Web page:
Psychology and Law (317)--Paper/Presentation Instructions and Rubric

We watched episodes of Making a Murder (Part 1). Specifically, we watched the first episode “Eighteen Years Lost” and the penultimate episode “Lack of Humility”. These two episodes introduce and summarize the series. Everything in between involves the many details of the Avery case. You can pick any of the episodes and you will find some psycho-legal issues we covered in class.

Your job for this assignment is to choose any episode or multiples from this show. Have fun with it! You will use your new psychological knowledge about empirical findings from Psychology and Law research to evaluate the psycho-legal issue. For example, the series begins with Avery's story of wrongful conviction based on faulty eyewitness identification. There is so much you can say about that issue!! You can act as a memory expert and opine on what psychological science can contribute to inform jurors on eyewitness issues. There are many studies that you can cite to make your points.

Write a three- to five-page paper covering the topic you selected. Alternatively, you can prepare a 15-minute presentation on the topic you selected. If you choose a presentation, you must record it and upload the link to Canvas. You can use PowerPoint recording narration function to record. Then convert the PPX to a movie file and upload to youtube. You can post the link to Canvas.

The topic should be on a psycho-legal issue where science made or could make a contribution. The paper or presentation must demonstrate the use of relevant course material and independent research (e.g., Making A Murderer episode, studies posted on scientists' websites). You must state what the legal issue/concern/problem is and how psychologists have studied/explained/assisted with empirical research or theorizing.

You must include at least two empirical articles (studies) to support your narrative. Student knowledge of the research and/or theory is very important, but it is not necessary to explain in very specific detail each of the studies you researched. You need to generally describe the key aspects of the studies or theories and mention the factors that are relevant to your point/issue/idea.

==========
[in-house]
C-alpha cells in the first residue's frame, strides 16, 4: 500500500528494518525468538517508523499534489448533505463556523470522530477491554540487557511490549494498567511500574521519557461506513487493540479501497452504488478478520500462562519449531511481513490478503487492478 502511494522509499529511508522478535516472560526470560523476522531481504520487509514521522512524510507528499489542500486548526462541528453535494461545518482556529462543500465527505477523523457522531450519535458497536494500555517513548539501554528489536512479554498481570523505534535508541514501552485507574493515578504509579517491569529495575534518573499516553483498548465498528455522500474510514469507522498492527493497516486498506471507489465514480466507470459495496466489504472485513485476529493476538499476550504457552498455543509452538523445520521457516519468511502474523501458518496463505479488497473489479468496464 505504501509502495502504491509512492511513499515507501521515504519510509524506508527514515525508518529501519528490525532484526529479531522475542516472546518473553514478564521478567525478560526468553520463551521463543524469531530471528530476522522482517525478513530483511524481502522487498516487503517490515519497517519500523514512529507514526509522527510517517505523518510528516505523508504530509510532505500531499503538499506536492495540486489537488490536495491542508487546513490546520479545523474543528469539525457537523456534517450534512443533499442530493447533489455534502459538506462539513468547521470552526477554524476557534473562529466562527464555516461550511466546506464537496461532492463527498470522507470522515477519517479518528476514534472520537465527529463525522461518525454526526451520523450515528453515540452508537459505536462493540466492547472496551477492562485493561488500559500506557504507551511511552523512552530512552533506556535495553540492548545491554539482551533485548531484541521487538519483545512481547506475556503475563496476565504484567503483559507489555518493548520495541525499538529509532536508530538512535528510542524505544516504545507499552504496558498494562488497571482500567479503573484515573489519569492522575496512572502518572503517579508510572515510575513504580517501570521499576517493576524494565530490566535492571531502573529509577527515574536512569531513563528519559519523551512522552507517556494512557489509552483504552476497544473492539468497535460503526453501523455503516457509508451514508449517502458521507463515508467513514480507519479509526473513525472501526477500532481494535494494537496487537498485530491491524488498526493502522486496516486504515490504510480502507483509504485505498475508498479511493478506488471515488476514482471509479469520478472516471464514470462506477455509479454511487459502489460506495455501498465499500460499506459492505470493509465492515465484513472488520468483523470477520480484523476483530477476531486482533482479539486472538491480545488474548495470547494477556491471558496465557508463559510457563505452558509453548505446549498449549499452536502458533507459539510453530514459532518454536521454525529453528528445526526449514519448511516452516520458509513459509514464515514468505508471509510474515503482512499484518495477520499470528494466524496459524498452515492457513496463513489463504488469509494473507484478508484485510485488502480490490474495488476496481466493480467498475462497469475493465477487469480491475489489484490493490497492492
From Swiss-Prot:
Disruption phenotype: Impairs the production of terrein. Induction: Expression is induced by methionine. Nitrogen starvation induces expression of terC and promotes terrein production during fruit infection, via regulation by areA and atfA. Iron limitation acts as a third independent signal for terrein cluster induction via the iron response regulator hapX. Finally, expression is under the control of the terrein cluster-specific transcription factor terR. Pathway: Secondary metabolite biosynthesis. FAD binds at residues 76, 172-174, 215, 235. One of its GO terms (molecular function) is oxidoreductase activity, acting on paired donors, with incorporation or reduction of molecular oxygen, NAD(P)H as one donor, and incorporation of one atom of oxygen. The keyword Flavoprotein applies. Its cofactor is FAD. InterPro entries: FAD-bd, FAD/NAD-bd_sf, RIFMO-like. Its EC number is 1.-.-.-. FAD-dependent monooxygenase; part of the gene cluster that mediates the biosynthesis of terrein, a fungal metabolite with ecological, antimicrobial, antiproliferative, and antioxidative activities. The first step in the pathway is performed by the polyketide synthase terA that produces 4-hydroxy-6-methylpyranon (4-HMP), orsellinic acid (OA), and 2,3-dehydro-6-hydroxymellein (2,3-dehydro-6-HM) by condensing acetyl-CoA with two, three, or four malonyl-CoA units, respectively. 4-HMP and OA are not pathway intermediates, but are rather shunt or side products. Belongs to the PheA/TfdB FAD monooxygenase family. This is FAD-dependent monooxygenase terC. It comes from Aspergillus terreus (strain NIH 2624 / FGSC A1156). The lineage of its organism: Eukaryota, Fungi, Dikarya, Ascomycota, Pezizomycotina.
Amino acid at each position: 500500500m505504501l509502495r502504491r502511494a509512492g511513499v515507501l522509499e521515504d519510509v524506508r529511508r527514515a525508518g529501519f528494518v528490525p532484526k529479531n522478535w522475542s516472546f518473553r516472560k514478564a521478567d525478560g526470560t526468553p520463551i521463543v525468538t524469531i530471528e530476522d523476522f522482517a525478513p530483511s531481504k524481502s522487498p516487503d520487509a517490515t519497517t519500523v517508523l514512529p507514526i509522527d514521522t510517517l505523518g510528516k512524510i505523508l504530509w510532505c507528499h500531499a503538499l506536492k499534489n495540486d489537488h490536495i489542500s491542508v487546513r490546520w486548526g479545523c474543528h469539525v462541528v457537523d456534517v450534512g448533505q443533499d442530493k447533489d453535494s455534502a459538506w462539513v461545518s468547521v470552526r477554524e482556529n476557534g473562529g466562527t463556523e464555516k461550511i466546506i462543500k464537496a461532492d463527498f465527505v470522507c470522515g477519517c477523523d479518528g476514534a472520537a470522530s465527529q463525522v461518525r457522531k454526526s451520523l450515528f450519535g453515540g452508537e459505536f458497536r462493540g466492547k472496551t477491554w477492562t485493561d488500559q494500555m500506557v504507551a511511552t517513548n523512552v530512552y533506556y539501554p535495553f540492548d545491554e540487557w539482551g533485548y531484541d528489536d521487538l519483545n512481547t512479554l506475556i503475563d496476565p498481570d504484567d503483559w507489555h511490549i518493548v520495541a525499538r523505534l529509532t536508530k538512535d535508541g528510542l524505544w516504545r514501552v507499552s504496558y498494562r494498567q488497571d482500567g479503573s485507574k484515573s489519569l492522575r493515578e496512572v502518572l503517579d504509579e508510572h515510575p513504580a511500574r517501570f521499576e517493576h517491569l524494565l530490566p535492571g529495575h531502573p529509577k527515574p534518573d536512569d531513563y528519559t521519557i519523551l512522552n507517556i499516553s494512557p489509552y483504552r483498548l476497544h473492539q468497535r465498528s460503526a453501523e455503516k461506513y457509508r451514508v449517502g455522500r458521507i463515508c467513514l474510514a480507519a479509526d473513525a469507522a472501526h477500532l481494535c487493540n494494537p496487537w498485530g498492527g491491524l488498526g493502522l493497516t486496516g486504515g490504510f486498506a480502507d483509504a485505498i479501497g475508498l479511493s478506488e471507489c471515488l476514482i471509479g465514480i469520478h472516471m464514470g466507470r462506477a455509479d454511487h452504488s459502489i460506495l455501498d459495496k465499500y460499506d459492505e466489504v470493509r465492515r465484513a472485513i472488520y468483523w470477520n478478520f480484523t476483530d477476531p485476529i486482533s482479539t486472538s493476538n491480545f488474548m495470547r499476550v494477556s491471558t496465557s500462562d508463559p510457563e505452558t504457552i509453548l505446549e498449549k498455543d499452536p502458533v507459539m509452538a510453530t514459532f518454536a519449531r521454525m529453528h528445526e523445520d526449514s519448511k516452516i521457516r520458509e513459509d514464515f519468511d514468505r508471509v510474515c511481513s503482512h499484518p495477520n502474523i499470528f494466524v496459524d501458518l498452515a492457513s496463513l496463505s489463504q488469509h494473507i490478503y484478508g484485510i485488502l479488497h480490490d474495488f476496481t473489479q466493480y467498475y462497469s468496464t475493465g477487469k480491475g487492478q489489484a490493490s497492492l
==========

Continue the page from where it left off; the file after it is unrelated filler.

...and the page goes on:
Rubric: 

Content: Depth and Accuracy of Content (30 points) 

-Paper provides an explanation of the key Psycho-legal issue (e.g., mistaken eyewitness identification, jury decision-making, the bias in forensic science evaluation, etc.)

- Paper provides an accurate and complete explanation of key theories or theoretical explanations, drawing upon relevant literature. Applications of research/theory are included to illuminate issues.

- Provides evidence of broad and valid research with multiple and varied sources (two or more empirical articles).

- Combines and evaluates existing ideas to form new insights.

- Information completely accurate; all names and facts were precise and explicit.

Research Effort (10 points) 

-Went above and beyond to research information; solicited material in addition to what was provided in text/lecture; included personal ideas and information to enhance the project (e.g., episode of Making a Murderer, studies posted on scientists' websites).

Quality of writing/presentation: mechanics (use of the appropriate title, headings, sentence and paragraph structure, appropriate presentation style, clear explanations, etc. ) (10 points)

Good luck!

Dr. IBG

Here are some ideas of Psycho-legal issues in the various episodes: 

Confessions- Episode 4 (Indefensible), Episode 9 (Lack of Humility)

Eyewitness- Episode 5 (The last person to see Teresa)

Forensic Evidence - Episode 6 (Testing the Evidence)

Throughout the series there are other issues like Pre­trial publicity, Jury, and Judges' Decision Making.

What else did you see?

On another note, Part 2 of Making A Murderer (not required in this class) has an episode on detecting deception Wow!! Using brain fingerprinting to "prove" that Avery is innocent!! Here is a link to a story about it.